A Hamas supporter who refused to tell a federal grand jury what he knew about the terrorist group's activities in the U.S. will serve his full 11-year prison sentence for contempt of court and obstruction of justice, an appellate court ruled Friday.
The 7th Circuit Court of Appeals rejected all claims by Abdelhaleem Ashqar that a federal judge improperly added a "terrorism enhancement" to his sentence in November 2007.
Ashqar argued that the judge should not have considered evidence about his Hamas support because jurors acquitted him of racketeering in his trial. But the opinion from Judge Diane P. Wood dismissed that:
"This argument fundamentally misunderstands the meaning of an acquittal. The jury found not that Ashqar was innocent, but that a reasonable doubt existed about his guilt. Because the district court found Ashqar's intent by a preponderance of the evidence, its finding does not contradict the jury's verdict. Sentencing courts routinely rely on acquitted conduct to increase a defendant's sentence, and this reliance does not violate the Sixth Amendment right to a jury trial."
During his sentencing hearing, Ashqar acknowledged that his refusal to answer grand jury questions, despite a grant of immunity, stemmed from his desire to stay loyal:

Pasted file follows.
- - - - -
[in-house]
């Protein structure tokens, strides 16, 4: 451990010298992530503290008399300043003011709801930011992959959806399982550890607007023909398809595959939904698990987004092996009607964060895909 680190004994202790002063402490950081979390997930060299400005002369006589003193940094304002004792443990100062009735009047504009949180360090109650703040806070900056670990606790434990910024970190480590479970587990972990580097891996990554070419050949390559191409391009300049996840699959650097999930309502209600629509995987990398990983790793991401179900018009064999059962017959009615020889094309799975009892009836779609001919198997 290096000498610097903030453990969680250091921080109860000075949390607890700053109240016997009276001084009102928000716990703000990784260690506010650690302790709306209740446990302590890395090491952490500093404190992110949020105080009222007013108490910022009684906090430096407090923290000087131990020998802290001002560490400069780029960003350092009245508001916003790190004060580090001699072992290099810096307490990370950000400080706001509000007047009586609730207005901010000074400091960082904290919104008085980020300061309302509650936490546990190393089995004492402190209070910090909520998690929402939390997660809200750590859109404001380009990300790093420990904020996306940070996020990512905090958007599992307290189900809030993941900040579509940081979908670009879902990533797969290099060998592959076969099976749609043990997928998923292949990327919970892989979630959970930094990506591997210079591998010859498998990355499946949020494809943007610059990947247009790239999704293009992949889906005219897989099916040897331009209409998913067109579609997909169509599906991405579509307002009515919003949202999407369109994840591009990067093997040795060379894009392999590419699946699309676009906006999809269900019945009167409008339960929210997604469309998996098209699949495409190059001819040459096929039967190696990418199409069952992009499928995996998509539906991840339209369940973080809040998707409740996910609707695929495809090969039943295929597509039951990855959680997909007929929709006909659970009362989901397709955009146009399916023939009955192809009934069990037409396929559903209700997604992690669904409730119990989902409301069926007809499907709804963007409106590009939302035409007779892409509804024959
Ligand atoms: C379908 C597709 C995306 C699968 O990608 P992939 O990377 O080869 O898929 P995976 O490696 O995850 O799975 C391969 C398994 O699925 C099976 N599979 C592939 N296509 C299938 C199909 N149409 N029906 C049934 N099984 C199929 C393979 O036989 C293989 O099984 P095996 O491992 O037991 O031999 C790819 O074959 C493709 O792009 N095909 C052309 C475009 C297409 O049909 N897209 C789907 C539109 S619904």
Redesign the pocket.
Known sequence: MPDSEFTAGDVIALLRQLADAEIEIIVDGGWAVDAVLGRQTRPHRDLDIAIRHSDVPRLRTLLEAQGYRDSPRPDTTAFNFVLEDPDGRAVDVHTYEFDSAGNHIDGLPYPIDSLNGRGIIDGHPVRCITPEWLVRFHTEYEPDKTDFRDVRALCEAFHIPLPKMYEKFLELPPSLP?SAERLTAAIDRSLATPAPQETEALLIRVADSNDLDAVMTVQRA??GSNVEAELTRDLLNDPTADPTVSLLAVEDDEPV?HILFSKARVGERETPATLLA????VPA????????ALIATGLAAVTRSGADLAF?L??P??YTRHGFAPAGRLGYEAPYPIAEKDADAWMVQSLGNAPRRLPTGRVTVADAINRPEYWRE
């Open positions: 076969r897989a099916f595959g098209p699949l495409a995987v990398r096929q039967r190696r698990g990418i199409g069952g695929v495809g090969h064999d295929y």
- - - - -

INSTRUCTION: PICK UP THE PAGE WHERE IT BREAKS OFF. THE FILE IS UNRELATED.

"I don't want to become a traitor or collaborator. I don't want to turn against my people."
His appeal also argued that the government had not sufficiently proved his contempt was part of an attempt to promote a terror-related crime. The 7th Circuit rejected that, too:
"Promoting a crime includes helping and encouraging that crime, and one way of furthering a crime is to try to prevent the government from finding out about it."
Ashqar's cause was championed by a number of Islamist groups in America. The Council on American-Islamic Relations (CAIR)-Chicago blasted the sentence as "excessive" and "politically-motivated." Then-Muslim American Society President Esam Omeish wrote to Judge St. Eve before the sentencing to urge leniency:
"Never at any time did I sense a radical tone and an extremist agenda in his words or actions. He has never and from what I saw can never aide or abet any terrorist or help finance any act of terror, simply because he does not believe in violence and extremism as a way to voice disenfranchisement or disagreement."
Fellow defendant Mohammed Salah, an acknowledged Hamas member, also was acquitted of racketeering. He was sentenced to 22 months in prison after being convicted of lying in a civil suit concerning Hamas support.